Can Infant Sound Machines Lead to Hearing Loss?

Can Infant Sound Machines Lead to Hearing Loss

For many years, white noise machines have been held up as a means of dealing with conditions ranging from insomnia to tinnitus. More recently, however, these gadgets have been held up as a go-to method for fussy infants. Babies can, we’re told, be lulled into a peaceful sleep with just a little bit of white noise. Let’s know the answer to whether infant sound machines lead to hearing loss.

Recently, however, we’ve started to see questions about how white noise can impact our hearing. Although a 1990 study found that 80% of babies fell asleep after five minutes of white noise, more recent research has questioned whether or not this is actually safe. As reported by NBC News, in 2014, researchers published a study in Pediatrics that found that white noise machines would produce enough sound to exceed allowable noise limits for adults if played through the night at maximum levels.

Some researchers have also raised concerns that white noise exposure in infancy may result in auditory processing disorders in adulthood. 

So, on the one hand, white noise machines can make babies fall asleep faster. On the other hand, they can cause serious damage to the sensitive ears of infants. Does this mean that you should toss it if you have a white noise machine in your home? 

What is White Noise?  

Just as white light is a combination of multiple spectrums and colors, white noise is created by multiple frequencies. The result is a low-pitched steady hum or buzz, which many people find comforting. Aside from specialized white noise machines, other examples of white noise include fans, air conditioners, air purifiers, refrigerators, and so on.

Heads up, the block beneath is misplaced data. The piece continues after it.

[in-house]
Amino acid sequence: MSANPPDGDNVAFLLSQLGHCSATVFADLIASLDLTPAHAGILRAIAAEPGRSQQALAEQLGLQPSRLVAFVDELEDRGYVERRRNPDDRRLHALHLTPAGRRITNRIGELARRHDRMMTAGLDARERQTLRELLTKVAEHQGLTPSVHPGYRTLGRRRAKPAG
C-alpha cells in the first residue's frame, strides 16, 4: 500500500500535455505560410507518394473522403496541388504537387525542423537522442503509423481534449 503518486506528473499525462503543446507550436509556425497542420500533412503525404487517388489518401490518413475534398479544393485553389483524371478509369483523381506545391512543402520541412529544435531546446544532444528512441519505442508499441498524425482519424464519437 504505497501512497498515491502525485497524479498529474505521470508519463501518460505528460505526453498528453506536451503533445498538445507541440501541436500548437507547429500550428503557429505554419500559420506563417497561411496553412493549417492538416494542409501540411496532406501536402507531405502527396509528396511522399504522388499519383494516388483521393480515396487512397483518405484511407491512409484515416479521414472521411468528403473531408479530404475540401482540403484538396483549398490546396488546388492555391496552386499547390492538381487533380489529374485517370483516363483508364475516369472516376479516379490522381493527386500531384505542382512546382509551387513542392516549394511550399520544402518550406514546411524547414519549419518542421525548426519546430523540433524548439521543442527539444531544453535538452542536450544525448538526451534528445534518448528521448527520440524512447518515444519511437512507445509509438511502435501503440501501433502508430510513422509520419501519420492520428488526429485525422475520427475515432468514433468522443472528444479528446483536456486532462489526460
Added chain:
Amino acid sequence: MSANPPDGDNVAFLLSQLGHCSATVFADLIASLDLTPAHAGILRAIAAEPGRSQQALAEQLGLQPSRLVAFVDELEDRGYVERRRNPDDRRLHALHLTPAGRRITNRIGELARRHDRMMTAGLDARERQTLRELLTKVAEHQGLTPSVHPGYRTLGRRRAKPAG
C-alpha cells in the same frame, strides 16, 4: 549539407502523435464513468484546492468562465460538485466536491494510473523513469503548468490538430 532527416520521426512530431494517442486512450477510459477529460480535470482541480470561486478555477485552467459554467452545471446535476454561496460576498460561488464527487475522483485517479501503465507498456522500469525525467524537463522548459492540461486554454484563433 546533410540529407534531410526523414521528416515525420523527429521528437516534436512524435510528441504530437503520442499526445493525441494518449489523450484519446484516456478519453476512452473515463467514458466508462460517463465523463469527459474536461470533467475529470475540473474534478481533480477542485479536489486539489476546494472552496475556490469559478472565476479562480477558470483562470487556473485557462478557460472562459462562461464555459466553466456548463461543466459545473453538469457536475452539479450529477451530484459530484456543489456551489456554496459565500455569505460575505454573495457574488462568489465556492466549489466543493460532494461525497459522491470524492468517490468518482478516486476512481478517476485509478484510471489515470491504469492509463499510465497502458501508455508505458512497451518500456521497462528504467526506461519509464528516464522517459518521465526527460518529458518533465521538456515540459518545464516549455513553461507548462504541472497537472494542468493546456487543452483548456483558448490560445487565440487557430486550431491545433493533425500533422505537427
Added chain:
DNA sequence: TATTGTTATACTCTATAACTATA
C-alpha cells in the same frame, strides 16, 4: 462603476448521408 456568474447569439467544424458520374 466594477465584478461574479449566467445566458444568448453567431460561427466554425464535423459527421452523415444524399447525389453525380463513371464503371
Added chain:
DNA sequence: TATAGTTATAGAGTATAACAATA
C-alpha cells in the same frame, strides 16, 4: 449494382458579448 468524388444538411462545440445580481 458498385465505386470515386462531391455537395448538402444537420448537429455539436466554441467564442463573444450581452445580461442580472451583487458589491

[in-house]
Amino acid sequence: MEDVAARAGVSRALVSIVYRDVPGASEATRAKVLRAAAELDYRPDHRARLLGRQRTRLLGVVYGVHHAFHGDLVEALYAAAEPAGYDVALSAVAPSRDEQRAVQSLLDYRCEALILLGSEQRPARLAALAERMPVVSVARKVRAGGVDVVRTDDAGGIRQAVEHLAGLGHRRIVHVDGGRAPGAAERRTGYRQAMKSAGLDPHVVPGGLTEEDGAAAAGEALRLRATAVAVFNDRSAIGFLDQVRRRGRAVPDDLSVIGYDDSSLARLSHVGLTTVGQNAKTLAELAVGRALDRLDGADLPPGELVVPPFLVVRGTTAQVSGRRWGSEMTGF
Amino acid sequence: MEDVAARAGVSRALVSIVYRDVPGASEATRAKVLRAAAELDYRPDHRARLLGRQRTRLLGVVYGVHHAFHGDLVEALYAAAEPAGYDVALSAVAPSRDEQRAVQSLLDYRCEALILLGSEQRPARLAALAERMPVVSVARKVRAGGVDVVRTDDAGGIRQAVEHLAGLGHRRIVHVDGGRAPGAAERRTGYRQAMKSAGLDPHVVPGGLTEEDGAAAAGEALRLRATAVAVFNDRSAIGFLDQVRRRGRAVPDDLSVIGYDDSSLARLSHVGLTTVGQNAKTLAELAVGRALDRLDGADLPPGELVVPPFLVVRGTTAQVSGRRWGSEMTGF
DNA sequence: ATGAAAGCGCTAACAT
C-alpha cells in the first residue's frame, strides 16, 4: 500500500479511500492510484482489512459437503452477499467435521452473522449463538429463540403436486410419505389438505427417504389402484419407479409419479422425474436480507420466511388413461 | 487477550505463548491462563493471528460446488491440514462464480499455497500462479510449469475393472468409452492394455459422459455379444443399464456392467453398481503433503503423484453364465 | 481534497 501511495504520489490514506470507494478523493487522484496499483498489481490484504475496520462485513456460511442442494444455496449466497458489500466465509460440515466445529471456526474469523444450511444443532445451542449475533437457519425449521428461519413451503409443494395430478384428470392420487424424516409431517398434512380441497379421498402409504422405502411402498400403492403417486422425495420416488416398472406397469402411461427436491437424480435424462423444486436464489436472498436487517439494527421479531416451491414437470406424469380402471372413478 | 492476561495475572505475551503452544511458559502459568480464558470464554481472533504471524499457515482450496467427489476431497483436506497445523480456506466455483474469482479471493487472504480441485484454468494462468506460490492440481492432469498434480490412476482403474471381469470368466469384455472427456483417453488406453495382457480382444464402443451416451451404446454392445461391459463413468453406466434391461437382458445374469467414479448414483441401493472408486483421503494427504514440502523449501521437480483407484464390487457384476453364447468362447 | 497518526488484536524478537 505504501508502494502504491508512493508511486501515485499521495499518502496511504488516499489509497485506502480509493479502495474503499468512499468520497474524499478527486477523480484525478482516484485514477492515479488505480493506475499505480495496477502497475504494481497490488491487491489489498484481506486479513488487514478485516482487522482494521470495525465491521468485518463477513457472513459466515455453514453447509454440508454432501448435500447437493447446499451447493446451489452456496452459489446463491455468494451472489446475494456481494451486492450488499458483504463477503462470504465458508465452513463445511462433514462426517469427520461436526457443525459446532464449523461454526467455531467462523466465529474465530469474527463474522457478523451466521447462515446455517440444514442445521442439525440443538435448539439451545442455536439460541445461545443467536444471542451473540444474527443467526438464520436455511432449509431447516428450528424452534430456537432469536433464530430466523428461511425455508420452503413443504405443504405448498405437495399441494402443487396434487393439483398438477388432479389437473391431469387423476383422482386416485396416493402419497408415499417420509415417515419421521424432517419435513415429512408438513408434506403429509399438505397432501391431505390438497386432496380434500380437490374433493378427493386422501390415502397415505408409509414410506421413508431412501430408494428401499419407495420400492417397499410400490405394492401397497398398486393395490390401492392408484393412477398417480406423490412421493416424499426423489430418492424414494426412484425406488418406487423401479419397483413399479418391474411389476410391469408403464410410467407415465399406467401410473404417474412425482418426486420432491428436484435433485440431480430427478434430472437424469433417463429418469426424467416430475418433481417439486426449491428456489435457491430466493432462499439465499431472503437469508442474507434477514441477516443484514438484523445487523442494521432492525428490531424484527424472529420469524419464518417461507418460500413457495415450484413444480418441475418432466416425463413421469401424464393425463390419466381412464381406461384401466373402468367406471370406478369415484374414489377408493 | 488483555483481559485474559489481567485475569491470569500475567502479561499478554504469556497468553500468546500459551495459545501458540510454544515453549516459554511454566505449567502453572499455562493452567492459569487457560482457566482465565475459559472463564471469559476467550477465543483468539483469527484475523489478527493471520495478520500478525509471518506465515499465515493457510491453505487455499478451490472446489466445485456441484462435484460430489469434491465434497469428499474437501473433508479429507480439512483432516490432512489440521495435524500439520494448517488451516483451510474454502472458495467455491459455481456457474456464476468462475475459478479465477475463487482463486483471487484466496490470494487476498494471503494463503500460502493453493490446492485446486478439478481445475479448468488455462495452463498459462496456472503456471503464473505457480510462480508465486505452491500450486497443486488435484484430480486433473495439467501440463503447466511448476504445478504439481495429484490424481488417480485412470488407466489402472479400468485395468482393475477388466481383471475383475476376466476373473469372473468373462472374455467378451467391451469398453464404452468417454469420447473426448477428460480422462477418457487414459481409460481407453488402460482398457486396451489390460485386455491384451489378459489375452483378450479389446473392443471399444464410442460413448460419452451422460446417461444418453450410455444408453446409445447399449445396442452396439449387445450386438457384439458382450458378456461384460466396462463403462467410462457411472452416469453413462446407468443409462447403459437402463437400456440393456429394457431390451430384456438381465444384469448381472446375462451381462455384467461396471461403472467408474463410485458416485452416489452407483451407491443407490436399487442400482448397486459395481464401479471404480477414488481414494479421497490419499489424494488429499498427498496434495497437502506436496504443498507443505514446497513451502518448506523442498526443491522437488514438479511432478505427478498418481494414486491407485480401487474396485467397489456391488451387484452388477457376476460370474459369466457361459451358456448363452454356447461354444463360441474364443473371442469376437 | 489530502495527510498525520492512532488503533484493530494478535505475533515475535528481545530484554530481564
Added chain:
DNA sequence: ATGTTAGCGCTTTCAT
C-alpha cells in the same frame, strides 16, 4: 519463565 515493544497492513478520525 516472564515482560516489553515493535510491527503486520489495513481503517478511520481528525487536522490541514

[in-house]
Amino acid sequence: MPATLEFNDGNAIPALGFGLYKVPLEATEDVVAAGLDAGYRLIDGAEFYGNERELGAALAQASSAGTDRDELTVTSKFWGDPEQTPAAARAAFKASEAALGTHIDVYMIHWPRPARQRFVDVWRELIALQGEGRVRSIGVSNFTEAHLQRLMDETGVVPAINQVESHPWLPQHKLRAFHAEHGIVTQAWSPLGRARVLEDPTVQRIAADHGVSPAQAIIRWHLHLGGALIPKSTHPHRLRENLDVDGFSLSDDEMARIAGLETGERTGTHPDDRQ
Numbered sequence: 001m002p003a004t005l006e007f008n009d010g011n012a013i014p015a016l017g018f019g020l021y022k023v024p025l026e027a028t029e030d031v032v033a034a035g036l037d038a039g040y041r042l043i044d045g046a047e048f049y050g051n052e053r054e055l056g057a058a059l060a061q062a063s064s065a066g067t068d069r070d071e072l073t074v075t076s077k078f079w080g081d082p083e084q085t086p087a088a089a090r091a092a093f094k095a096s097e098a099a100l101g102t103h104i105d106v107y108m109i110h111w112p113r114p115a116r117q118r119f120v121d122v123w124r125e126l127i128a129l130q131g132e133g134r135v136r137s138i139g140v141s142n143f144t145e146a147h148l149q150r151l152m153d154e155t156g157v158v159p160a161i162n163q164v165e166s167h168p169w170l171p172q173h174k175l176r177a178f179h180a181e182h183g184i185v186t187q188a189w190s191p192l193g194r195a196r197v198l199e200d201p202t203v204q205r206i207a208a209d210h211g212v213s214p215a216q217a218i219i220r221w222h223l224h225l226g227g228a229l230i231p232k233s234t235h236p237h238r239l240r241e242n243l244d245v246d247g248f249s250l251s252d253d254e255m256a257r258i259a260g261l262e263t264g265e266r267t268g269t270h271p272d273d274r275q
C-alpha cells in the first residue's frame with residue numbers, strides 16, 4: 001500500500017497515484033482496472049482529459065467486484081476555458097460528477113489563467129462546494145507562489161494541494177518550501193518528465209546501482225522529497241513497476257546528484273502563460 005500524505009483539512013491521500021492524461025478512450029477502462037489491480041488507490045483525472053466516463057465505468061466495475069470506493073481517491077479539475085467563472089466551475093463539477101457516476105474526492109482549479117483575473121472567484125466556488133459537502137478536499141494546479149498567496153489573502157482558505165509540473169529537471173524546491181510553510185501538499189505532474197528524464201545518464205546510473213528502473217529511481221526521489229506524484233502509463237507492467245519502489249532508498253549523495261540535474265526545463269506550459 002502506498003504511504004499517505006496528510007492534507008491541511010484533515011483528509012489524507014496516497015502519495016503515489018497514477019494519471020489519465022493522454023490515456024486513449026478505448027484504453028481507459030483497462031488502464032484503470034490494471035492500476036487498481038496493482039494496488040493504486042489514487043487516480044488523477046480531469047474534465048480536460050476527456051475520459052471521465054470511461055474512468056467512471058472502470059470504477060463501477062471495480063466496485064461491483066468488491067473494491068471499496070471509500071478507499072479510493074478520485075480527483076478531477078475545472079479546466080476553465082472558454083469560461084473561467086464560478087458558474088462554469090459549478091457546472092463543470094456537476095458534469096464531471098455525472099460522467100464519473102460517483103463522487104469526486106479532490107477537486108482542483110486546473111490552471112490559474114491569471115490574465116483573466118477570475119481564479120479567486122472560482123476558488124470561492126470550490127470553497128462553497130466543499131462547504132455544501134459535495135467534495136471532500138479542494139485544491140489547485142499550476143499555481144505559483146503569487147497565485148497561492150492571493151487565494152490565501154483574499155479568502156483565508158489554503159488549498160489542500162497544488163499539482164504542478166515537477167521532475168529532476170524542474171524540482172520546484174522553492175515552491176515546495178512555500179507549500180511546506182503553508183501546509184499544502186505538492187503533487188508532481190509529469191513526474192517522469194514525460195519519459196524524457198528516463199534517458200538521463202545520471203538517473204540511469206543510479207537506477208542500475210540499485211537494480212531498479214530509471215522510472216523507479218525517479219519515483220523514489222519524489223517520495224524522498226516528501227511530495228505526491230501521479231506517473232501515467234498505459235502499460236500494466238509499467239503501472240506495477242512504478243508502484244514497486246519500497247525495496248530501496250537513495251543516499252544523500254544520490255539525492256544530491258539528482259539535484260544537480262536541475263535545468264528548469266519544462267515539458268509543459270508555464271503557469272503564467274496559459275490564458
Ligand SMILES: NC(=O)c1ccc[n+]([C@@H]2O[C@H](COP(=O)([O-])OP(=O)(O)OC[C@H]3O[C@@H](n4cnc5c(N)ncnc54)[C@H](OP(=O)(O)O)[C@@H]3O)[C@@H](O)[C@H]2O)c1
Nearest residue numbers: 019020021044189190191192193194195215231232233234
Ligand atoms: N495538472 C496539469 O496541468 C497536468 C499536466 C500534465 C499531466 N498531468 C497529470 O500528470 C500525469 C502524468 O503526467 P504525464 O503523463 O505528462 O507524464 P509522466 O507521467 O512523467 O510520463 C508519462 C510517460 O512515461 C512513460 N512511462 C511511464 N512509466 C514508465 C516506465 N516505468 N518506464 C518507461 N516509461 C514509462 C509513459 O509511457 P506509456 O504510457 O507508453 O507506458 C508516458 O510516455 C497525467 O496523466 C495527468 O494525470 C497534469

There are also multiple white noise apps on both Android and iOS. 

White noise has been held up to improve focus, improve the quality and duration of sleep, and reduce anxiety in adolescents and adults. Infants, they can be taught to associate white noise with sleeping or using it to self-soothe. Some people become so accustomed to hearing white noise during rest periods that they become more alert in the absence of it. 

Can White Noise Really Cause Hearing Loss?

The short answer is that we don’t know. Unfortunately, except for the 2014 study, there hasn’t yet been a great deal of research into the long-term effects of white noise on hearing health. Still, it’s not particularly difficult to connect the dots. 

White noise machines can put out sound well in excess of 50 dB. Babies and young children are significantly more sensitive to noise than older children and adults. Whether or not there’s definitive proof, the risk is still there. 

As such, harm reduction is your best course of action. Avoid using white noise machines if possible. And if your infant requires white noise to sleep, keep the machine on its lowest setting and a safe distance from the crib. 

If you can avoid using a white noise machine, however, do so. Some infants simply don’t need it. And trying to force it will only lead to problems down the line.

Whatever, if you have hearing issues then hearing aids are the best options for you. The best part is hearing aids amplify all sounds, including background noise that you do not wish to hear.

About the Author:

Dr. Renee Flanagan is the Director of Audiological Care at HearingPlanet. She works with the training and development of Hearing Care staff so they may help the hearing impaired population by following best-in-class hearing healthcare practices.


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